I still had to decide on the flat EF9600 vs the curved EG9600; both were priced identically, with no significant feature differences. I’ve made fun of curved screens in the past, joking that they seemed completely useless unless you want to sit right in the middle of the arc – which you’d have to sit two feet away from the screen to do. I never thought that was something I’d actually do, but here I am! Frankly, though, even at this distance I doubt there’s much difference.

Setup and Settings

Currently, 4K 60Hz 4:4:4 on a PC isn’t something you can realistically expect to work out of the box unless you’ve checked a few things. In fact, I’ve still been unable to make this work at all with either a 2014 retina Macbook Pro, or with a Dell XPS 13. Fortunately, neither of those devices is my primary PC! Still, even my desktop required four manual steps to get things to work acceptably:

  1. HDMI 2.0.  Computer displays almost always use DisplayPort 1.2 to support 4K/60. TVs typically don’t support DisplayPort at all; the EG9600 is no exception to this rule with just three HDMI ports. Many laptops have HDMI ports, but even new ones are typically just HDMI 1.4 and thus limited to 30Hz. Even discrete graphics cards that aren’t fairly new will typically lack HDMI 2.0. In my case, I replaced a Nvidia GTX 660 with a newer GTX 980Ti; this provided both HDMI 2.0 and the increased GPU horsepower needed for gaming.
  2. TV Input Settings.  TVs don’t default to the optimal settings for a computer display. Fortunately, a forum post by someone who blazed this trail before I did provided the essential details: in the TV settings menu, enable HDMI Deep Color, change the name of the input to PC, change the icon to a computer, set aspect ratio to “Just Scan”, and use HDMI 1 or 2 (but not HDMI 3 which seems to have a lower bandwidth limit). I also found it helpful to set sharpening to zero, and to disable all processing/dynamic features that were offered (I’ll say more about color later).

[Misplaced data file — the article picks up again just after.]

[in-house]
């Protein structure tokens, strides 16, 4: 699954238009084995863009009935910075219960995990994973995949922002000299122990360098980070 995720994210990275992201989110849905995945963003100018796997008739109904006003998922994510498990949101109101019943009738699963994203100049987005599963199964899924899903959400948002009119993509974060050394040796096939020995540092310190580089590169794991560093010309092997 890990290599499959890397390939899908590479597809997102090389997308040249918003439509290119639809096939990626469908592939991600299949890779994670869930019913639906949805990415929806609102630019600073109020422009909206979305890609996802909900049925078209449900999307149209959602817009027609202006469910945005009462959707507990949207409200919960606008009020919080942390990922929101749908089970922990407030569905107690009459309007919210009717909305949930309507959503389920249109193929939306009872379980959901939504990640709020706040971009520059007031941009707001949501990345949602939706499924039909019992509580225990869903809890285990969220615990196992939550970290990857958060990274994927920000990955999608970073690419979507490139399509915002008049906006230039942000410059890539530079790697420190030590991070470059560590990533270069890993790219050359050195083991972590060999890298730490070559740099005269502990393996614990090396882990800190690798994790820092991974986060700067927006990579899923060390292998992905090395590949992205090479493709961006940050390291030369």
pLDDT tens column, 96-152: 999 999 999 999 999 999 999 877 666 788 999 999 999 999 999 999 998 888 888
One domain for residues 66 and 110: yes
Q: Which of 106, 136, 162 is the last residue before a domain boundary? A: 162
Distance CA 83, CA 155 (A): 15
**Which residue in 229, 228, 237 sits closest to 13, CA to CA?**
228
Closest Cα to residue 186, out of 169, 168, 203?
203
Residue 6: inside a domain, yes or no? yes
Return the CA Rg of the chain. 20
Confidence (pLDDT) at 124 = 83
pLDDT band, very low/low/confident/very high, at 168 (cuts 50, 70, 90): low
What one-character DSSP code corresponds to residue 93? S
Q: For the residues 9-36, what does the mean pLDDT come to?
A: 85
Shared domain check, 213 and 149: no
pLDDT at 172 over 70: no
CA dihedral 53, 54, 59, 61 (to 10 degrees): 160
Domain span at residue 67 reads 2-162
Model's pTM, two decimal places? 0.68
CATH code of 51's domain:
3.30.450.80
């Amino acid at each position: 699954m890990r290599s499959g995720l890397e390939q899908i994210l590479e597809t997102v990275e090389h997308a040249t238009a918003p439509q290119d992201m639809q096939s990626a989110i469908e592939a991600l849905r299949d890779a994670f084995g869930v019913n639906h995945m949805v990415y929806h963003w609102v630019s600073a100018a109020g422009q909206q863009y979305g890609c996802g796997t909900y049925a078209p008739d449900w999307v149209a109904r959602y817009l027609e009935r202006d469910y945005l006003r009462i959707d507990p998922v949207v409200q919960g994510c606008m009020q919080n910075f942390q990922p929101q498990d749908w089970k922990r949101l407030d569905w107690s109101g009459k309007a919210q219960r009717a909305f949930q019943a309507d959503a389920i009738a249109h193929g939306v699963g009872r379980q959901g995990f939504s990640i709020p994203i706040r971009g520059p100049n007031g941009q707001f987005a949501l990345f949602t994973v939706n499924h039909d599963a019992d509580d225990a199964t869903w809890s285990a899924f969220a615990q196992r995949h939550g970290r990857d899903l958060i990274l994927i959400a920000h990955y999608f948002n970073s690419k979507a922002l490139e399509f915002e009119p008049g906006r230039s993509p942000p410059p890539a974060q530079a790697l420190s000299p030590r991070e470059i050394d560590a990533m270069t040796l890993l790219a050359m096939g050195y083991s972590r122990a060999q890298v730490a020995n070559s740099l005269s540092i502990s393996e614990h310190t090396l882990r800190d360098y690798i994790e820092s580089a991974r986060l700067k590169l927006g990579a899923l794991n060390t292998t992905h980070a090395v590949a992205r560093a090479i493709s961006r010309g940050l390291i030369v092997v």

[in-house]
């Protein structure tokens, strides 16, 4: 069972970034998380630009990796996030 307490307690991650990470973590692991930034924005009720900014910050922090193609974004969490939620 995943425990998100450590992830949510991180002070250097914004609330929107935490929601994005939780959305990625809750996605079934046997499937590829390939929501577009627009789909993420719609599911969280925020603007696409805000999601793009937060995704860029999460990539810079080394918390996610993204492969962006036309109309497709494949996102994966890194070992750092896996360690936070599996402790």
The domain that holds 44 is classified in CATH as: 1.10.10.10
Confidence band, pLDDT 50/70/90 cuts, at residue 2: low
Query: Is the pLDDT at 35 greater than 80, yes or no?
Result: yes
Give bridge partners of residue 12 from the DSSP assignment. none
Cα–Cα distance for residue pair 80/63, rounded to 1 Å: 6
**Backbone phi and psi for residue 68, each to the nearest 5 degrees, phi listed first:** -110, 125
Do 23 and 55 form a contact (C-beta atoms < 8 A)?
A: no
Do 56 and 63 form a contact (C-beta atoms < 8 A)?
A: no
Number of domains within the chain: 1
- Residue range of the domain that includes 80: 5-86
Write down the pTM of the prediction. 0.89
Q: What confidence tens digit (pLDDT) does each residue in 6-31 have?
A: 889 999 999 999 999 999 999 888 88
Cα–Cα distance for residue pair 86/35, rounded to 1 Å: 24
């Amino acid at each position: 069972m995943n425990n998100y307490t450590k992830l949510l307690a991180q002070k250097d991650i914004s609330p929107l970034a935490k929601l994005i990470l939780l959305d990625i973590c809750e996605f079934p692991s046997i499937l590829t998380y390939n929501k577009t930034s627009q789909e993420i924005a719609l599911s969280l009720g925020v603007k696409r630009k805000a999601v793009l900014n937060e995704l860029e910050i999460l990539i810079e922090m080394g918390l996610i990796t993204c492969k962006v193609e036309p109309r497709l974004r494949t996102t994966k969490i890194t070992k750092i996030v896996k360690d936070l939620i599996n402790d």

3. PC Output Settings. This depends on your graphics card; below is an image from Nvidia’s control panel tool. Two settings are very important – and were incorrect by default! The first is the output color format; RGB is optimal, and settings like YUV420 which are common for TVs will make text look terrible. The second is the output dynamic range, which defaulted to Limited; this is also typical for video. If you’re lucky, you’ll notice right away because blacks are dark grey, and whites are light grey. If you’re unlucky, your TV will detect this, stretch the limited signal from your PC back to full range, and you’ll get reduced image quality forever without noticing this. Nvidia resets this when you update the driver, so check once in a while!